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Drinking Soylent

I’ve been drinking Soylent for a few months now, and I’ve been meaning to write about it because many of my friends have expressed curiosity about it.  After the breakfast talk in last week’s post, I think this is a good time to post about my Soylent experience.

Let me start by saying that the first person to make a Charlton Heston “It’s made of people!” joke will get a swift kick to the shins.  I’ve heard it before, and it wasn’t funny the first, third, or eighth times.

Soylent, for those of you who are unfamiliar with it, is a meal replacement product.  It was created by software engineer Rob Rhinehart, because he hated how much time he was losing to the preparation and consumption of food.  He decided to try to put all the nutrients the human body needs into a single liquid product, and when his initial trials worked out pretty well, he crowdfunded a larger run.    That was back in 2013.

Much like a software release, Soylent has had versions, with the number incrementing as the formula changes.  By the time I got into Soylent, it was at version 1.3.  The instruction booklet that comes with your shipment is labeled “Release Notes,” which made me chuckle.

Some people use Soylent to replace most of their meals, but I simply use it to fill in for breakfast.  Before this product, I almost never had breakfast.  I’m not a morning person, and my tendency has always been to crawl out of bed, throw on the next outfit in line in the closet, and crawl into the office.  Eating breakfast is something that takes time, and I will always choose more sleep over a full stomach.  This is a terribly unhealthy way to go, so I was very happy to find a way to include a breakfast that I could do without losing more than a minute or so.

My first few shipments of Soylent came this way- a single pouch is supposed to be three servings.  The little bottle of oil blend has to be mixed in to complete the nutrition profile-  there are some things included which the body won’t absorb without oil added.

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Inside the pouch, the Soylent is a very fine powder which gets everywhere if you’re not careful.

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So the basic instructions, without getting into too much detail are that you mix water and powder, shake for a bit, add the oil, add more water, shake it a bit more, chill the whole shebang, and enjoy.   This photo is halfway through the mixing, just before I added the oil.

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The fully mixed thing looks pretty decent.  It will separate a little bit over time, but shake it again before you drink it and it’s all good.

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The flavor is very neutral, and the release notes even provide suggestions for ways to change up the flavor by mixing in peanut butter or Hershey’s chocolate syrup or bananas.   Drinking a glass of this is the equivalent to a full meal, and it’s quite effective at squashing my hunger.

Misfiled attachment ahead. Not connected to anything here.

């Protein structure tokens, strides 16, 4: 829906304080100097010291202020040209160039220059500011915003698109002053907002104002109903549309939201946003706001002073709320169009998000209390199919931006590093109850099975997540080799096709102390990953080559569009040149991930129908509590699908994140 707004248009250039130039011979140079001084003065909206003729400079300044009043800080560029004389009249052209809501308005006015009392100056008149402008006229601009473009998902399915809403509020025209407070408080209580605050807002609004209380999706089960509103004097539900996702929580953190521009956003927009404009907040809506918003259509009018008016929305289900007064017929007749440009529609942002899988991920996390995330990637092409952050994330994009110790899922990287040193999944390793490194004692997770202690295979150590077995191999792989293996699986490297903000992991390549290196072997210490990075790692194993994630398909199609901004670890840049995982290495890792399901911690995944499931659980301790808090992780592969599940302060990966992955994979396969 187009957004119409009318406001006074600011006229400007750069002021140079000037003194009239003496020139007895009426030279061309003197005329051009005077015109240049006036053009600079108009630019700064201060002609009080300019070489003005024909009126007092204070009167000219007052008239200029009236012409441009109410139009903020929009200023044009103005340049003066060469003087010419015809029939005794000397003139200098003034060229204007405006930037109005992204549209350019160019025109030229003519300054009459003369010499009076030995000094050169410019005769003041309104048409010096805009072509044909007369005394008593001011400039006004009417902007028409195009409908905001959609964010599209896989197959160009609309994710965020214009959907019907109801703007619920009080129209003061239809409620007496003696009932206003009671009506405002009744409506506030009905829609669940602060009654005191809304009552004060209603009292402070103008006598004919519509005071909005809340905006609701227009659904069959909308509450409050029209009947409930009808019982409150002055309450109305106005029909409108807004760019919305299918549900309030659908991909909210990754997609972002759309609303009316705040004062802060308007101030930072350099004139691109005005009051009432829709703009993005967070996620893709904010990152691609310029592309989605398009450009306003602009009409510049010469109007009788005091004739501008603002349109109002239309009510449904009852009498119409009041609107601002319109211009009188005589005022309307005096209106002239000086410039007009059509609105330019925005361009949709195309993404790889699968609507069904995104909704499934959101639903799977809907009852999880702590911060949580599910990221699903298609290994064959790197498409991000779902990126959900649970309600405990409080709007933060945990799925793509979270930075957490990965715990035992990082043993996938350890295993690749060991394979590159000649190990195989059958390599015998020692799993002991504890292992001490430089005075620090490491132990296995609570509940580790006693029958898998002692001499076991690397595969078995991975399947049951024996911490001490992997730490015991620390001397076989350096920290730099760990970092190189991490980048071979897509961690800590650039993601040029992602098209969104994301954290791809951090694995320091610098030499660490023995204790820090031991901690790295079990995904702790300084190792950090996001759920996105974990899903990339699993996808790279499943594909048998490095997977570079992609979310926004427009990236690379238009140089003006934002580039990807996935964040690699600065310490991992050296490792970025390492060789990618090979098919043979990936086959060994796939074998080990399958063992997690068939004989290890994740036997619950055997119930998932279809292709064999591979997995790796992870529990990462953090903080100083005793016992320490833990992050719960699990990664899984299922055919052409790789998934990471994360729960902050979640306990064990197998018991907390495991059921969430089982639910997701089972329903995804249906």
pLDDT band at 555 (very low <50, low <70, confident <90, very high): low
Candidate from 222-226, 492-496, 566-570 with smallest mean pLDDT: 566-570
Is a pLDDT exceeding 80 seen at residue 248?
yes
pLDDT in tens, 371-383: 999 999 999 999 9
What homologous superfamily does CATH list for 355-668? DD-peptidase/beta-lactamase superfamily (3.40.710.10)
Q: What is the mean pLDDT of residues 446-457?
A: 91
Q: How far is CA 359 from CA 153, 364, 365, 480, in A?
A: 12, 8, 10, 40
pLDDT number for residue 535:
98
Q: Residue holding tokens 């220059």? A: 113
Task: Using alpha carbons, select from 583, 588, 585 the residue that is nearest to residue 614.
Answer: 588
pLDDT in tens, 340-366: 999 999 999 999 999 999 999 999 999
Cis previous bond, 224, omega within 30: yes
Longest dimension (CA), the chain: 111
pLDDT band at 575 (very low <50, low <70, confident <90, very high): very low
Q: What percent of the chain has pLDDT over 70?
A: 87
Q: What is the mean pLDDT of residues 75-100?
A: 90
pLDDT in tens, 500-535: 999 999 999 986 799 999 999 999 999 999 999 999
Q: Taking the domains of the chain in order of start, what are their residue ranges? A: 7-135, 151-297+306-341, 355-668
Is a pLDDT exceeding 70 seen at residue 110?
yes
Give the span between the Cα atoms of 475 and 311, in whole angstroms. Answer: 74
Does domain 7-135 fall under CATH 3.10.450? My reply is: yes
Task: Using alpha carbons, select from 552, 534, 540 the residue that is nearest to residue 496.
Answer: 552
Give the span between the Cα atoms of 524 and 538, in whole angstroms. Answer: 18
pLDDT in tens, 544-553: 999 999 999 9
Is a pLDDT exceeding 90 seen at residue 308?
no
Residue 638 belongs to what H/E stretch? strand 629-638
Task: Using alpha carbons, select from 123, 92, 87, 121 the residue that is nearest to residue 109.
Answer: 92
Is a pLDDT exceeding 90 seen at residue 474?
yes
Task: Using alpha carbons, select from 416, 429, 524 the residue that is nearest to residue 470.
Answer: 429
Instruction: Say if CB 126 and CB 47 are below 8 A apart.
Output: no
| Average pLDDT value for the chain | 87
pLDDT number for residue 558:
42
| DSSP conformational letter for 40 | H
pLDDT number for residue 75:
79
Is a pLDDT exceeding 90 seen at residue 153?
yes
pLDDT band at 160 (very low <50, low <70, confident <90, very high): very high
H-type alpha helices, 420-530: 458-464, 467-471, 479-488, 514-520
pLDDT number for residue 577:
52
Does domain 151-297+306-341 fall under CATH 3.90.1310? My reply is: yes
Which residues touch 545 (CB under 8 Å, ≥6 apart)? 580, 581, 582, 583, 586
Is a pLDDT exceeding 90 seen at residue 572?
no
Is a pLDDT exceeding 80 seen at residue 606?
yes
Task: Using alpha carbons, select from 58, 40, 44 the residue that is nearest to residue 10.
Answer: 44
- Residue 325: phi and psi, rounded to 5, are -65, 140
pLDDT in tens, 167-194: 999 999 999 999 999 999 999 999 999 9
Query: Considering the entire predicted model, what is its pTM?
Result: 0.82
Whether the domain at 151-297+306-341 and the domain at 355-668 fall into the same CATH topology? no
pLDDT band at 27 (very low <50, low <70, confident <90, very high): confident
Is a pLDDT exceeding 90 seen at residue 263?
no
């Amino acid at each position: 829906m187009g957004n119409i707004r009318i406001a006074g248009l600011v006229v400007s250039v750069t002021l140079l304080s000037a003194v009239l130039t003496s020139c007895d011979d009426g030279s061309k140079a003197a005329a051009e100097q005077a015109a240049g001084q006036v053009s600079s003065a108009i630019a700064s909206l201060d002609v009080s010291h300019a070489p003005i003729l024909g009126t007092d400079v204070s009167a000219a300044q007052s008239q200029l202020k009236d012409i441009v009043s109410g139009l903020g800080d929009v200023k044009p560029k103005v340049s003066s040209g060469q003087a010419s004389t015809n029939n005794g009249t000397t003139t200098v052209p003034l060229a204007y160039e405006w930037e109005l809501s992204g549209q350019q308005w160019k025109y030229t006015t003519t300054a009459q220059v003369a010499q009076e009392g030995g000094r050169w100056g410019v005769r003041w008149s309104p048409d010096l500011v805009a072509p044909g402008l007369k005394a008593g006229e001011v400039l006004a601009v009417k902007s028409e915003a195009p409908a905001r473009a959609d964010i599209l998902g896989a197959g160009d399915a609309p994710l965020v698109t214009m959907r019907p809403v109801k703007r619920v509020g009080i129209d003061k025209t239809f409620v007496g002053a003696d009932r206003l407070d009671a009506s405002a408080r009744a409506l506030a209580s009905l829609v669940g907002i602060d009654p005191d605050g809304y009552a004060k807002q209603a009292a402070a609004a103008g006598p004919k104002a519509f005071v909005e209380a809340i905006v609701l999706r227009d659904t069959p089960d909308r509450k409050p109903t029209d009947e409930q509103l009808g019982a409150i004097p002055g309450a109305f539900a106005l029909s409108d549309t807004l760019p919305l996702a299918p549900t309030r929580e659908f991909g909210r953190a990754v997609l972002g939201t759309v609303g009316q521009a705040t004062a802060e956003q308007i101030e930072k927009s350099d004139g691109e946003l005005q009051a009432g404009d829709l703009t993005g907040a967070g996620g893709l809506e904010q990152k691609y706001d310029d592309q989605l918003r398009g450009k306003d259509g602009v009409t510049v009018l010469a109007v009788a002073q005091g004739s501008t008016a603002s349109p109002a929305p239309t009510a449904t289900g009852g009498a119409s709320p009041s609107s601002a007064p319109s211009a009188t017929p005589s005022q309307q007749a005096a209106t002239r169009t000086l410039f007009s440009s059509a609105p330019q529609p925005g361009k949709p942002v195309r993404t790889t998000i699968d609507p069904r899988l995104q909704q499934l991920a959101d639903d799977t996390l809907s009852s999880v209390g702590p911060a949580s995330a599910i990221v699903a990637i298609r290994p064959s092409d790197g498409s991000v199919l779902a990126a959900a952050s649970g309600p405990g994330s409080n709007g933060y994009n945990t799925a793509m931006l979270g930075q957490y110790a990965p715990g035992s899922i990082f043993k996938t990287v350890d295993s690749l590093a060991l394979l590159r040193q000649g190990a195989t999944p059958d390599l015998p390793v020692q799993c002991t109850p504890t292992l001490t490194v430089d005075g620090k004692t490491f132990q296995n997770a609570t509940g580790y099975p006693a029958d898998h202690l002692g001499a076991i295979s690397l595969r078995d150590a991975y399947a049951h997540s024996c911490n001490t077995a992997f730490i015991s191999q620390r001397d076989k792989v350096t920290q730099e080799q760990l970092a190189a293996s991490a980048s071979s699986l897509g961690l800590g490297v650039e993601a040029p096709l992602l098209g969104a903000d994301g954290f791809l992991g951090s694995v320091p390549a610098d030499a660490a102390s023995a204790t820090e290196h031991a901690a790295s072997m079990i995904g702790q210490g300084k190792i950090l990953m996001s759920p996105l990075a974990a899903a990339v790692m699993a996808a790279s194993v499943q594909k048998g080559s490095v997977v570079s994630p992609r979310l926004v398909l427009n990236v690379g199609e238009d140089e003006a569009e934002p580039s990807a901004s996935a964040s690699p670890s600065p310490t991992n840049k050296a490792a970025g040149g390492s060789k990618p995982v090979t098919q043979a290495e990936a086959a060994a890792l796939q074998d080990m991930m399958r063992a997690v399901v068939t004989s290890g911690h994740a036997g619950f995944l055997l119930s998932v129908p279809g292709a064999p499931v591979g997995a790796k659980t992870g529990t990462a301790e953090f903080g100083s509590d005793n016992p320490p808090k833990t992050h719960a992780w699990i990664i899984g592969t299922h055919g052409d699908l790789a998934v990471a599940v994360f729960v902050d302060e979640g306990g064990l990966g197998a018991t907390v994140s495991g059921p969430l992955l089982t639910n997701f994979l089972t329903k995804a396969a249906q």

Some people find it a little bit gritty-  version 1.3 tends to leave a little on the sides of the glass, as you can see here.  It’s not unpleasant, and I’ve gotten used to it.  You just have to remember to rinse your glass as soon as possible after you finish your drink.

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The next iteration of Soylent, Soylent 1.4, was just announced.  They have changed from the liquid oil to a powdered oil form, so there are no more oil bottles included.  I haven’t had 1.4 yet, but those who have generally say that it’s a little bit sweeter, smoother, and more like a nutrition shake in consistency.  One reviewer called the texture of 1.4 “velvety,” which is kind of intriguing.  Apparently the 1.0 version tasted a little bit like cake batter.  I’m kind of sorry I missed that one.  Still, they strive for a neutral flavor profile, and I’m all for that.   I think that any strong flavor would get old really fast.

There are critics of Soylent’s nutritional balance.  I agree that it’s not necessarily the best nutrition out there.  Soylent will never replace a meal out with friends or family.  It’s better than going without breakfast, though, and that’s good enough for me right now.

Have you tried Soylent?  Would you?  What do you think about meal replacement drinks?

Vaping, Flavored Water, and Too Much Damn Choice

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It’s been just over five months since I moved back to the US, and the wonderful Itchy Feet comic above is spot on.  I feel like I’m mostly re-acculturated, but there are still things that take me aback.

For example, the Vaping trend is out of control here.  Before I moved back,  I had no idea what Vaping was, but it’s everywhere now.   There are stand-alone stores, and an entire industry has popped up around electronic cigarettes.  The technology has evolved to the point where people are charging their cigarettes with USB ports and changing out modules to reduce the amount of nicotine or flavor their smoke with applewood or whatever.  Some people claim they want to use this to quit smoking altogether, but this seems to me like the opposite of that.  To me, this looks like they’ve simply designed a more efficient nicotine delivery system.